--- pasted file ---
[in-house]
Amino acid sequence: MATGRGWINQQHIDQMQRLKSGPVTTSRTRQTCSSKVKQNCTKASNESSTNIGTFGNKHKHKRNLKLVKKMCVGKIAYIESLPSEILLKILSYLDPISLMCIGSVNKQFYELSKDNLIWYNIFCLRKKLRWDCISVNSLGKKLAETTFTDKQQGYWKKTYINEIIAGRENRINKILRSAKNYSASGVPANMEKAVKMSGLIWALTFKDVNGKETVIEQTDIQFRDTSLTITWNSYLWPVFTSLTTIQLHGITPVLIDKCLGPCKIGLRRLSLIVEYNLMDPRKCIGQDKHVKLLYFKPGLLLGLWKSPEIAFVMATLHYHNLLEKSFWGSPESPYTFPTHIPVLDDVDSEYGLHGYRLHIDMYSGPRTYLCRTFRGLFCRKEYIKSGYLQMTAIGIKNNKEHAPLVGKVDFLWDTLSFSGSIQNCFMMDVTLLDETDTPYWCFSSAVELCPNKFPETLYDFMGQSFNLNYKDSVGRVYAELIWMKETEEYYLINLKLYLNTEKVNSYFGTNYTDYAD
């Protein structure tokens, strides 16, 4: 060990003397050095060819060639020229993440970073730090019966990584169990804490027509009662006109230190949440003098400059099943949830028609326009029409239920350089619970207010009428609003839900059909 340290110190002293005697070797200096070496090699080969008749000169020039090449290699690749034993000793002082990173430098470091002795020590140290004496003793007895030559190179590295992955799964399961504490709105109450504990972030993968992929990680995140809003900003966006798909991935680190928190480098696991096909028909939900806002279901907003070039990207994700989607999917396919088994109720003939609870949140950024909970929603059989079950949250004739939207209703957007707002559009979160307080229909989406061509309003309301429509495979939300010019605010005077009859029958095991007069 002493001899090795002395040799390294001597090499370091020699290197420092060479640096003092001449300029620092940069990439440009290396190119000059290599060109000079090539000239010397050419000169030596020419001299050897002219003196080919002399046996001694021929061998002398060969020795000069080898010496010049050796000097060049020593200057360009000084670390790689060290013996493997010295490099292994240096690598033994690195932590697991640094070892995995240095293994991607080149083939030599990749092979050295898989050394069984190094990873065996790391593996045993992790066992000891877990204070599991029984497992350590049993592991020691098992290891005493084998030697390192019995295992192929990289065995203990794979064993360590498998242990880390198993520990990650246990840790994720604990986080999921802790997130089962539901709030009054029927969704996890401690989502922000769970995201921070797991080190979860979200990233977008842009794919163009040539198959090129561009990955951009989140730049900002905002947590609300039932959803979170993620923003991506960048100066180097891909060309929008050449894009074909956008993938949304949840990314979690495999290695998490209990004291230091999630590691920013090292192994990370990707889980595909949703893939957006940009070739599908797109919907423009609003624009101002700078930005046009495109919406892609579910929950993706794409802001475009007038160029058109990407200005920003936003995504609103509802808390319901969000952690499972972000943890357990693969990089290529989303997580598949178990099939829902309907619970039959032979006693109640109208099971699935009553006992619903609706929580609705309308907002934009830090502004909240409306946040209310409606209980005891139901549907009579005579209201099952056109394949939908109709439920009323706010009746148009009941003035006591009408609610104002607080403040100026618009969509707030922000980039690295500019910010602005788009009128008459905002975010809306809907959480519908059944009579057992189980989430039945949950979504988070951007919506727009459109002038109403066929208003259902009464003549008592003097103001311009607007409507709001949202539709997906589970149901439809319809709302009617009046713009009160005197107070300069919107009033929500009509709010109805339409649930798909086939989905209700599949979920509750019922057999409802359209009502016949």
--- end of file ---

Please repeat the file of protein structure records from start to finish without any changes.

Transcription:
[in-house]
Amino acid sequence: MATGRGWINQQHIDQMQRLKSGPVTTSRTRQTCSSKVKQNCTKASNESSTNIGTFGNKHKHKRNLKLVKKMCVGKIAYIESLPSEILLKILSYLDPISLMCIGSVNKQFYELSKDNLIWYNIFCLRKKLRWDCISVNSLGKKLAETTFTDKQQGYWKKTYINEIIAGRENRINKILRSAKNYSASGVPANMEKAVKMSGLIWALTFKDVNGKETVIEQTDIQFRDTSLTITWNSYLWPVFTSLTTIQLHGITPVLIDKCLGPCKIGLRRLSLIVEYNLMDPRKCIGQDKHVKLLYFKPGLLLGLWKSPEIAFVMATLHYHNLLEKSFWGSPESPYTFPTHIPVLDDVDSEYGLHGYRLHIDMYSGPRTYLCRTFRGLFCRKEYIKSGYLQMTAIGIKNNKEHAPLVGKVDFLWDTLSFSGSIQNCFMMDVTLLDETDTPYWCFSSAVELCPNKFPETLYDFMGQSFNLNYKDSVGRVYAELIWMKETEEYYLINLKLYLNTEKVNSYFGTNYTDYAD
């Protein structure tokens, strides 16, 4: 060990003397050095060819060639020229993440970073730090019966990584169990804490027509009662006109230190949440003098400059099943949830028609326009029409239920350089619970207010009428609003839900059909 340290110190002293005697070797200096070496090699080969008749000169020039090449290699690749034993000793002082990173430098470091002795020590140290004496003793007895030559190179590295992955799964399961504490709105109450504990972030993968992929990680995140809003900003966006798909991935680190928190480098696991096909028909939900806002279901907003070039990207994700989607999917396919088994109720003939609870949140950024909970929603059989079950949250004739939207209703957007707002559009979160307080229909989406061509309003309301429509495979939300010019605010005077009859029958095991007069 002493001899090795002395040799390294001597090499370091020699290197420092060479640096003092001449300029620092940069990439440009290396190119000059290599060109000079090539000239010397050419000169030596020419001299050897002219003196080919002399046996001694021929061998002398060969020795000069080898010496010049050796000097060049020593200057360009000084670390790689060290013996493997010295490099292994240096690598033994690195932590697991640094070892995995240095293994991607080149083939030599990749092979050295898989050394069984190094990873065996790391593996045993992790066992000891877990204070599991029984497992350590049993592991020691098992290891005493084998030697390192019995295992192929990289065995203990794979064993360590498998242990880390198993520990990650246990840790994720604990986080999921802790997130089962539901709030009054029927969704996890401690989502922000769970995201921070797991080190979860979200990233977008842009794919163009040539198959090129561009990955951009989140730049900002905002947590609300039932959803979170993620923003991506960048100066180097891909060309929008050449894009074909956008993938949304949840990314979690495999290695998490209990004291230091999630590691920013090292192994990370990707889980595909949703893939957006940009070739599908797109919907423009609003624009101002700078930005046009495109919406892609579910929950993706794409802001475009007038160029058109990407200005920003936003995504609103509802808390319901969000952690499972972000943890357990693969990089290529989303997580598949178990099939829902309907619970039959032979006693109640109208099971699935009553006992619903609706929580609705309308907002934009830090502004909240409306946040209310409606209980005891139901549907009579005579209201099952056109394949939908109709439920009323706010009746148009009941003035006591009408609610104002607080403040100026618009969509707030922000980039690295500019910010602005788009009128008459905002975010809306809907959480519908059944009579057992189980989430039945949950979504988070951007919506727009459109002038109403066929208003259902009464003549008592003097103001311009607007409507709001949202539709997906589970149901439809319809709302009617009046713009009160005197107070300069919107009033929500009509709010109805339409649930798909086939989905209700599949979920509750019922057999409802359209009502016949």